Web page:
The Abossey Okai Spare Parts Dealers Association has vowed to kick out all illegal foreign retailers within the enclave as they shut close to 200 shops.
The Ghanaian traders embarked on the action at about 8 pm on Tuesday, resulting in the arrest of three leaders of the Abossey Okai Spare Parts Dealers Association.
Nearly 200 shops, mostly owned by Nigerians, were locked “until further notice”.
The Chairman of the Association, Siaw Ampadu, told theghanareport.com that they have lost confidence in the Ghanaian authorities in resolving the matter, which has persisted for decades.
Mr Ampadu disclosed that three of the leaders were arrested at about 9:30 pm and detained at the Accra Regional Headquarters until 1 am after which they were released to report back on Wednesday.
He said successive governments had failed to implement the Ghana Investment Promotion Centre (GIPC) Act on retail to protect Ghanaian traders.
Under the new GIPC Act, 2013 (Act 865), all enterprises in the country with foreign participation are required to register with the GIPC.
The minimum capital required for retail business has moved from US$300,000 to $1 million, while foreign investors who participate in joint venture enterprises have to show a minimum capital of $200,000 with wholly-owned foreign enterprises showing a minimum capital of $500,000.
Mr. Ampadu said this was not being implemented and foreigners had moved into areas reserved for Ghanaians.
He emphasized that politicians are making every effort to guard their territories and “since MPs are protecting their seats we have to protect our businesses”.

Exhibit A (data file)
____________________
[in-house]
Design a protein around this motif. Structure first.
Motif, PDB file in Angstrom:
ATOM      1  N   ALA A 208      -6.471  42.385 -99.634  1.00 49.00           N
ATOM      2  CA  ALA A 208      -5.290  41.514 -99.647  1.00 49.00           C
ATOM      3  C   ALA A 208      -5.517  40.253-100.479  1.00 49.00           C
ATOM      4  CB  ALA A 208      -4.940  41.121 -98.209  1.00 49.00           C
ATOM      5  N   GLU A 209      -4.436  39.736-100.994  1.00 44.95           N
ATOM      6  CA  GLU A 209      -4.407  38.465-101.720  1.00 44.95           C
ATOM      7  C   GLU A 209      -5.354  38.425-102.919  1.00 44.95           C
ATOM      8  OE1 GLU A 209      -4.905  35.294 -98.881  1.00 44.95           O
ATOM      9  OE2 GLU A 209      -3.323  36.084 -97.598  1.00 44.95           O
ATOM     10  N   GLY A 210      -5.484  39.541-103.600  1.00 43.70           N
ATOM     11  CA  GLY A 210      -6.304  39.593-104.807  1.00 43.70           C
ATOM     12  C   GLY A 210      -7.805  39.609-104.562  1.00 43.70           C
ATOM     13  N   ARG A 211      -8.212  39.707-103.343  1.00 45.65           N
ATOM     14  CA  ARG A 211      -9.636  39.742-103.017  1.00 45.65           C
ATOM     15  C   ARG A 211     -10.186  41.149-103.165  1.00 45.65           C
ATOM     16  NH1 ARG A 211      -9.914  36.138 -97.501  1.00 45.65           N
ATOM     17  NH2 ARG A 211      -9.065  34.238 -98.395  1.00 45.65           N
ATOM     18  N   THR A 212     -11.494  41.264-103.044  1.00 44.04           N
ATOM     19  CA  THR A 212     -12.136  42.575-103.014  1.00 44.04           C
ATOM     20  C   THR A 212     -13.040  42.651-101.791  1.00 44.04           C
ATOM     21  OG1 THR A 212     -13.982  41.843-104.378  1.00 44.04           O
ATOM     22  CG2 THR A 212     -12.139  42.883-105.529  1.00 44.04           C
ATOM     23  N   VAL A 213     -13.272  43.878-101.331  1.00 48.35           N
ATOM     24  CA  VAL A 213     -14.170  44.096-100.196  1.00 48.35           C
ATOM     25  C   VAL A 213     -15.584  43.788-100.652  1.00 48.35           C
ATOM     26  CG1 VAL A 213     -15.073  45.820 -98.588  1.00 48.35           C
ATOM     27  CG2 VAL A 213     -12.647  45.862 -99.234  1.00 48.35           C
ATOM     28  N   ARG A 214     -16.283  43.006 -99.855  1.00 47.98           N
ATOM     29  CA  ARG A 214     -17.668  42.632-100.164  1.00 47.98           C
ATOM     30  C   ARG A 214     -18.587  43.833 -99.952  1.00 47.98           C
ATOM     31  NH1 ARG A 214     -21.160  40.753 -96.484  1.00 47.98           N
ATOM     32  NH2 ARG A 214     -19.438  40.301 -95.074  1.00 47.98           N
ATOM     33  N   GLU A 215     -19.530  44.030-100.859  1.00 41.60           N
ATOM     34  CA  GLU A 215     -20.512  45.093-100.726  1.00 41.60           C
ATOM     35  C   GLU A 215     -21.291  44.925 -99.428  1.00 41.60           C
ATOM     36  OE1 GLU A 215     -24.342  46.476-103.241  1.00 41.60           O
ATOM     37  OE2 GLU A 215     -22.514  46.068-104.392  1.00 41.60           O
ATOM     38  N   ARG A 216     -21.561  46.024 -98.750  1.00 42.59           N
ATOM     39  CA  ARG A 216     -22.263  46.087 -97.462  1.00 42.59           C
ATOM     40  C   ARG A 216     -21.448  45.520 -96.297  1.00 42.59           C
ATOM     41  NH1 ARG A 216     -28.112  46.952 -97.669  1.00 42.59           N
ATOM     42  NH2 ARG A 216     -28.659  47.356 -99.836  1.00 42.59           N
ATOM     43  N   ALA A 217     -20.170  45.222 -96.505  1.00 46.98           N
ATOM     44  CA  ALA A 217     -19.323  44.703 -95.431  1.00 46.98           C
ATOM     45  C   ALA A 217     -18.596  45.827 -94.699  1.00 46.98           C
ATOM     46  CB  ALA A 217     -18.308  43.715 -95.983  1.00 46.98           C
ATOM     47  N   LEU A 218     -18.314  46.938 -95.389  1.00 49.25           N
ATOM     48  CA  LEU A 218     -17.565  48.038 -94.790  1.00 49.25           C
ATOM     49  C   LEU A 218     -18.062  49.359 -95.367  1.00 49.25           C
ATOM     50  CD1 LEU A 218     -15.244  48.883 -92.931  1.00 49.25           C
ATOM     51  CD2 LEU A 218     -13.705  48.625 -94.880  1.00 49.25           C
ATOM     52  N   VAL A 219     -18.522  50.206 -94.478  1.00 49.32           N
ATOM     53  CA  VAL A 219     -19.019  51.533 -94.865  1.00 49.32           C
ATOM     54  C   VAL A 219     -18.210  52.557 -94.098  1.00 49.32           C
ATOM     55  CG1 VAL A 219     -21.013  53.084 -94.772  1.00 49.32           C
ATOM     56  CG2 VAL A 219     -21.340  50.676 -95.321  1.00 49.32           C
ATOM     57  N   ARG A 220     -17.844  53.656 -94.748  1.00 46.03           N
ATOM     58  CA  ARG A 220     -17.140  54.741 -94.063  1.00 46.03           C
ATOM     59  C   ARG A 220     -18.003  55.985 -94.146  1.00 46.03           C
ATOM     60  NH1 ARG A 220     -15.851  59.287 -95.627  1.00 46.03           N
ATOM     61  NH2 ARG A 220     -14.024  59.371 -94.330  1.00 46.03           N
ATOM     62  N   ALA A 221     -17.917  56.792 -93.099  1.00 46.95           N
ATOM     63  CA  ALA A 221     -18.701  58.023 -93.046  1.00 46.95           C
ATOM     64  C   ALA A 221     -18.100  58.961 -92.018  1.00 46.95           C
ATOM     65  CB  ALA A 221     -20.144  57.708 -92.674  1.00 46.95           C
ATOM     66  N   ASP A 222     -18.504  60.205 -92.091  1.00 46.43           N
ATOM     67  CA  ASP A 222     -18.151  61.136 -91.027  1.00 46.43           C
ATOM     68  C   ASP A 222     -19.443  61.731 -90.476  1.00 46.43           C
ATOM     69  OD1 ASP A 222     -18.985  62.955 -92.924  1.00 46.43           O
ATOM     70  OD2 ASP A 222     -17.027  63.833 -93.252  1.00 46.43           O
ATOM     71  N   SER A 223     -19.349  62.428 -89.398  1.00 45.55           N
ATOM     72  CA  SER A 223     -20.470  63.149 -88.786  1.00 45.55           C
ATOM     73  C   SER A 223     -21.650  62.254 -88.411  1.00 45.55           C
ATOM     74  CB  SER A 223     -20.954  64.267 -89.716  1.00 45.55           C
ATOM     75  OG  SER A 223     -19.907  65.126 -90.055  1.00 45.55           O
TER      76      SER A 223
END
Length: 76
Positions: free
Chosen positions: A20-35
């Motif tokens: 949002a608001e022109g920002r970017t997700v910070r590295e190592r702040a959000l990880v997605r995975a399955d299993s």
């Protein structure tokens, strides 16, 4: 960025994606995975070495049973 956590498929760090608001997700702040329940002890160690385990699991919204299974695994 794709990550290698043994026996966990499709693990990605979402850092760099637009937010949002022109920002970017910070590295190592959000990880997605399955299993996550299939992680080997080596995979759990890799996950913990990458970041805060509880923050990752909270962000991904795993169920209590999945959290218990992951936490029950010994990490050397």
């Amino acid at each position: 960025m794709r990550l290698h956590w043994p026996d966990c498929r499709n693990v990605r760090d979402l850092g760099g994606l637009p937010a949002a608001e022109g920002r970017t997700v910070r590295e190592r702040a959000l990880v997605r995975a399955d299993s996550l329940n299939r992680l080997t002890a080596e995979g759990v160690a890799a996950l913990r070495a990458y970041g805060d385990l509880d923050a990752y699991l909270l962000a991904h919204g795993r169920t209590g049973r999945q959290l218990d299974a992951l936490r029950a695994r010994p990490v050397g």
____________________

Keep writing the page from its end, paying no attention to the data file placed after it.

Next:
He, however, assured that “foreigners who have legitimate documentation can stay”.
According to him, they had picked up intelligence that the Kaneshie Police are planning to open the shops.
He expressed his displeasure and vowed that “if they (police) go ahead and open the shops, next time they will hear a different thing from us”.
Meanwhile, the Association is scheduled to hold a meeting with the MP for Ablekuma Central on Wednesday to find a lasting solution.
We are tired of living in Ghana – Nigerian spare parts dealers
One of the traders, who spoke to the media, expressed his frustrations.
“They can buy my goods today and I will go tomorrow. I am tired of staying in this country and this kind of illegality. The government continues to allow them to be working this way, and they are putting our lives in danger. This must stop now,” expressed in anger.
Meanwhile, police have been deployed to the enclave to restore order.
Ghana Union Traders Association (GUTA) closes Nigerian shops
The action by the spare parts dealers is a fraction of a general clampdown being embarked on by the Ghana Union Traders Association (GUTA), who have been locking up shops of Nigerians in the last few years.
Foreign shops in Suame, as well as other areas in the Ashanti Region, were shut for weeks in 2019.
Those in Accra, especially in the Kwame Nkrumah Interchange and Tip Toe Lane areas, have also had their share of closures.
Meanwhile, the President of the Nigerian Union of Traders Association Ghana (NUTAG), Chukwuemeka Nnaji has called on the government of Ghana to protect its members.
He said they did not have a problem submitting their documents to relevant authorities for authentication to allow them to operate, but the actions of the Ghanaian traders were inappropriate.
He emphasized that under ECOWAS protocols they were permitted to operate in Ghana.
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